This is the week that Rooneygate has sent the newspapers and everyone involved in the premier league into a kind of frenzy that I’ve never seen in English football.  It all started months ago before the world cup, simmering, out of public view.  Now everything has been laid bare.  Wayne Rooney’s Manchester United career is more or less over- a result of  greed, immorality, prostitutes, disloyalty, a ridiculously over inflated ego, and fans who are sick and tired of highly paid professionals behaving with the same level of integrity of a common pick-pocket.

Unhappy with the 90 000 pounds sterling paid to him by his employers every week, Rooney has shown more gall than I’ve ever seen- demanding that Man U pay him in excess of 200 000 a week! Never living up to his potential- he’s made a career out of goals that like look great on a highlight reel, but in reality he goes missing or lets down his team when they need him most. He’s an overrated and overpaid player. But what makes him even more unlikeable, and an outright bad human being is the way that he treats his family.  He has publicly cheated on his wife with prostitutes on two separate occasions, the last one being when she was heavily pregnant.  The man is truly shameless.

Who is to blame for this? You might expect me to say that society, or Hollywood, or some other part of the media is at fault.  But the television shows, movies and rap videos that glamorize crass hedonistic materialism are merely indicative of wider trends.  Wayne Rooney is the way that he is because of weak parenting and a lack of scruples.  The contempt he has shown for his wife and the lack of respect for the authority of his manager can all be traced to the values (or lack there of) instilled by his family. This can be said for all humans.  The childish behavior of misters Rooney,Franc Ribery, Tiger Woods, Brett Favre  etc., are I believe related to the break down of family values.  That’s not to say that the parents of all these athletes were necessarily the most guilty party in every case, but something, whatever it is,  allowed their own vanity to take precedence over their family.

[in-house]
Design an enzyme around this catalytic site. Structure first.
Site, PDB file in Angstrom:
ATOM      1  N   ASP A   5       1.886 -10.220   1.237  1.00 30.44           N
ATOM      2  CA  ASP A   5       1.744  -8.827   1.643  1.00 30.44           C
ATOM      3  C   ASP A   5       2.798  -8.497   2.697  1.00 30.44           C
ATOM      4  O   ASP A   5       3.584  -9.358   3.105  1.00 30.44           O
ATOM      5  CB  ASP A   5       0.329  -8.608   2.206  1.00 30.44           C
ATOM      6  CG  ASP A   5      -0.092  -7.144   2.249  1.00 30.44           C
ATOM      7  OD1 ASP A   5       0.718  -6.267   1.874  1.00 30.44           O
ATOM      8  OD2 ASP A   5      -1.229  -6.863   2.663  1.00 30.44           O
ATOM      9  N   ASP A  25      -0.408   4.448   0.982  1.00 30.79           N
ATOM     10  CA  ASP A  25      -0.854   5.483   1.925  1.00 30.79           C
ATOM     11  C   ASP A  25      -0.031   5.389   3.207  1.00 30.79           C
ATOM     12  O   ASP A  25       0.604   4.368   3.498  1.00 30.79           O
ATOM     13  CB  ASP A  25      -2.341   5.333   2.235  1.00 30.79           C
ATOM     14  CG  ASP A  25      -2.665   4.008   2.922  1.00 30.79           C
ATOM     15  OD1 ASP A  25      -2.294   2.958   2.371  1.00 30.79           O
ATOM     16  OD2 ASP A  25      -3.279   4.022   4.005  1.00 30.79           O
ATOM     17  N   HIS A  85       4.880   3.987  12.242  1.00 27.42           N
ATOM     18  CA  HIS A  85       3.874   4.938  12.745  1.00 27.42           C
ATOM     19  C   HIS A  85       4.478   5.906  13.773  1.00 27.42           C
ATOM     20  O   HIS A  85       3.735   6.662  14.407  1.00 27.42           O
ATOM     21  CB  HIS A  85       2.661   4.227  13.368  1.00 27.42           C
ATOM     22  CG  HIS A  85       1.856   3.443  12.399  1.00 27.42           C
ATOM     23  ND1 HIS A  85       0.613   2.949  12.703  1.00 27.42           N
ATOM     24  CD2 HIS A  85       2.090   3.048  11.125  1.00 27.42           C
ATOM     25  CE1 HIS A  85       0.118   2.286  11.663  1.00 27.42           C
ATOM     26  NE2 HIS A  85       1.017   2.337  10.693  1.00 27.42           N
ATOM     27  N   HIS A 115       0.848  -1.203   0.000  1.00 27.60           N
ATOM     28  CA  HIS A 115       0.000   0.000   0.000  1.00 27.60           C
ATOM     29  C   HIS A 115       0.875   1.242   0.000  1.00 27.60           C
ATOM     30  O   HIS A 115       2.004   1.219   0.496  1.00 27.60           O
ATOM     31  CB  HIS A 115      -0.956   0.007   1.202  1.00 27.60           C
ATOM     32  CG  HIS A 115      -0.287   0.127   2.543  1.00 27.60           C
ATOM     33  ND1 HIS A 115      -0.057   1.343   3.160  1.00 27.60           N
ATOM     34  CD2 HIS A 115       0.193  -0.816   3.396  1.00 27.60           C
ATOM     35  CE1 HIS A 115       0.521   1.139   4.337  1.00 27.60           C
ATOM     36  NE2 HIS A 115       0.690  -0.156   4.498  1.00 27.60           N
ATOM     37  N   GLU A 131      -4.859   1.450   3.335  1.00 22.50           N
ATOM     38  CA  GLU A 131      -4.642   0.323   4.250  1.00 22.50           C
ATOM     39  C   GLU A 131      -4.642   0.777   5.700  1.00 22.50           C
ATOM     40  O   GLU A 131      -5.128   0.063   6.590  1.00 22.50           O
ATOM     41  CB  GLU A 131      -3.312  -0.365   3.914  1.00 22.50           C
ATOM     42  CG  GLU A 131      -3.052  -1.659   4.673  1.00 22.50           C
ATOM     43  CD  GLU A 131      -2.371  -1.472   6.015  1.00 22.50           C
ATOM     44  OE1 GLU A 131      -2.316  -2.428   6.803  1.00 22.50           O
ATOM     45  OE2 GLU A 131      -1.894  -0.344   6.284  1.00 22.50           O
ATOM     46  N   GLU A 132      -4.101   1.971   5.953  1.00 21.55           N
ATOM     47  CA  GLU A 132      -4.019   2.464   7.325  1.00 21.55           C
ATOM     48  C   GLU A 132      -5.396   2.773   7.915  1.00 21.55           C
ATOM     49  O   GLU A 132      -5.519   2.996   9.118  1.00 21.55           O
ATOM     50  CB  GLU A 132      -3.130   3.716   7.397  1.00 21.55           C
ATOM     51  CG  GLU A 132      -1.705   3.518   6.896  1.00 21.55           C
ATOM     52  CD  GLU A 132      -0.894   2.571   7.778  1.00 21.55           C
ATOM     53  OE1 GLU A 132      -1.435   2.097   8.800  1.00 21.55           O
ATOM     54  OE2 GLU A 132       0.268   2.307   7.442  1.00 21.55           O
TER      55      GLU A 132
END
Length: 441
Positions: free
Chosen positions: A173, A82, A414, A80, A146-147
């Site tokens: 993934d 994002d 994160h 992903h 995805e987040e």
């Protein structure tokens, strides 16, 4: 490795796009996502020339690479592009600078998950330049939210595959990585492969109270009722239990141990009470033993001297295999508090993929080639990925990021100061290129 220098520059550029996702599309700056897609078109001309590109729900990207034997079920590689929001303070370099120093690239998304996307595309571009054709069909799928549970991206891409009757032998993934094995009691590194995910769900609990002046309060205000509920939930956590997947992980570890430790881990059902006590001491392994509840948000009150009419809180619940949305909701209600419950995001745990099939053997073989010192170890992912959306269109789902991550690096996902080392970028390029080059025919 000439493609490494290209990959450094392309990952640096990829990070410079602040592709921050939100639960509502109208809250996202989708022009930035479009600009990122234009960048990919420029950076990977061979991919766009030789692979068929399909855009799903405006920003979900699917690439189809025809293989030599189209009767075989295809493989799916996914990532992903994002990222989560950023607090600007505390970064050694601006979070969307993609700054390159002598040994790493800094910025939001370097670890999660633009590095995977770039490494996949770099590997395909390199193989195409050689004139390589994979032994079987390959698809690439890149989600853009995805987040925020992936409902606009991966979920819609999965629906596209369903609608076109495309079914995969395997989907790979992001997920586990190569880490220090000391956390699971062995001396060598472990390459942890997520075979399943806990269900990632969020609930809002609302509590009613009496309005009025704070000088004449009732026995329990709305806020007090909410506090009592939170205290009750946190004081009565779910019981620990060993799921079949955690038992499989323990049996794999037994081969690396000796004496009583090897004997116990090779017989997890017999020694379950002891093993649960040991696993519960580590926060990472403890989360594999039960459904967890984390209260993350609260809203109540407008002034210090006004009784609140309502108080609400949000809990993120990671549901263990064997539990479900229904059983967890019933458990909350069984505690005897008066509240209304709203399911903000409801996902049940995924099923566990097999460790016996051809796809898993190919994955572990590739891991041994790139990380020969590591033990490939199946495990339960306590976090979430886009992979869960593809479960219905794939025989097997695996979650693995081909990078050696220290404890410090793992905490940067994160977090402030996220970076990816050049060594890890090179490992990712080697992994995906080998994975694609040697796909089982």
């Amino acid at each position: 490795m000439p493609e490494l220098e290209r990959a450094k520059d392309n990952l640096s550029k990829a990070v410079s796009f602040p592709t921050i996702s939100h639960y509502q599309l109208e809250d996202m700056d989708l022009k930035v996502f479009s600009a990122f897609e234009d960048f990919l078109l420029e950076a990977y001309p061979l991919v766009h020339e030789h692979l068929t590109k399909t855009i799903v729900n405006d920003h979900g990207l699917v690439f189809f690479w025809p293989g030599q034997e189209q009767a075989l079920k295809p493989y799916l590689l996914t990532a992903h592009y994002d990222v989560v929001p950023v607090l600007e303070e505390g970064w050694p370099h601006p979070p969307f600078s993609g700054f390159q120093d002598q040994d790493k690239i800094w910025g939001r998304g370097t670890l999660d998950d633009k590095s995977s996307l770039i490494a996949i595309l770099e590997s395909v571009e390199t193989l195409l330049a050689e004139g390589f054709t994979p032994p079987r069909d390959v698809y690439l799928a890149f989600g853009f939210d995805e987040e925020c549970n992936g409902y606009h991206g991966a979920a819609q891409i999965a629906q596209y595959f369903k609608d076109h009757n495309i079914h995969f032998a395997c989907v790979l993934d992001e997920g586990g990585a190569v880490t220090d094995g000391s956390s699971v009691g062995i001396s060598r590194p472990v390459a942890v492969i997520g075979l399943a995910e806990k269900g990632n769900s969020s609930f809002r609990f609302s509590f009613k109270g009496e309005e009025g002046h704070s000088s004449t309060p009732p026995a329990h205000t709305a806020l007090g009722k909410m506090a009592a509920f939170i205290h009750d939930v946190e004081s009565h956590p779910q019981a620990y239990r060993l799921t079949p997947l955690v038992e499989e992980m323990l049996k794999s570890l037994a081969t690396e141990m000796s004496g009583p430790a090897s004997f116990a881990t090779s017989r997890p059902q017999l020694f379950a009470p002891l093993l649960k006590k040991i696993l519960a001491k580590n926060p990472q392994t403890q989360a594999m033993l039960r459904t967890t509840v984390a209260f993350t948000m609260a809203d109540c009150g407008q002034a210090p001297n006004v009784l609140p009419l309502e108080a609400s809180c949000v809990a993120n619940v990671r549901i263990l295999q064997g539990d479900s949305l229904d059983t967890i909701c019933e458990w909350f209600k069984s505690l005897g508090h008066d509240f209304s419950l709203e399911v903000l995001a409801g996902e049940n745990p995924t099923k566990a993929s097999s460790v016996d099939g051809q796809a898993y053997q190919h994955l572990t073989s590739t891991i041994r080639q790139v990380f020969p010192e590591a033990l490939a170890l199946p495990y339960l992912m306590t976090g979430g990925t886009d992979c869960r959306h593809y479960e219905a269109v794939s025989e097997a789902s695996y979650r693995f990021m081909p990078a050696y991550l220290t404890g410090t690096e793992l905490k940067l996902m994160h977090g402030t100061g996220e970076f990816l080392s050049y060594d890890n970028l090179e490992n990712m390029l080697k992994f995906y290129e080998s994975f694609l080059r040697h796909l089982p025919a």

The backlash against Rooney from fans, his teammates, and other managers is refreshing in a way.  Too often the bad behaviour of a player is shrugged off as long as he scores goals, or brings in more money to the club. Some Man U supporters took such offence to this whole debacle that they picketed his house.   Although, like all tabloid wars, this story will fade away and be replaced by the next player behaving badly, there is something to gleaned from it.  Nearly everyone is backing up Sir Alex Ferguson. To me that says people don’t really want what the Rooneys, Beckhams, and Ronaldos of this world represent.  We don’t want gold coloured football boots, annoying ring tones, gelled hair and pointless twitters. We want back the world as it’s supposed to be, the one we learnt about in the stories told to us during childhood.  A world that puts honour and loyalty ahead of frivolities. We want decency back.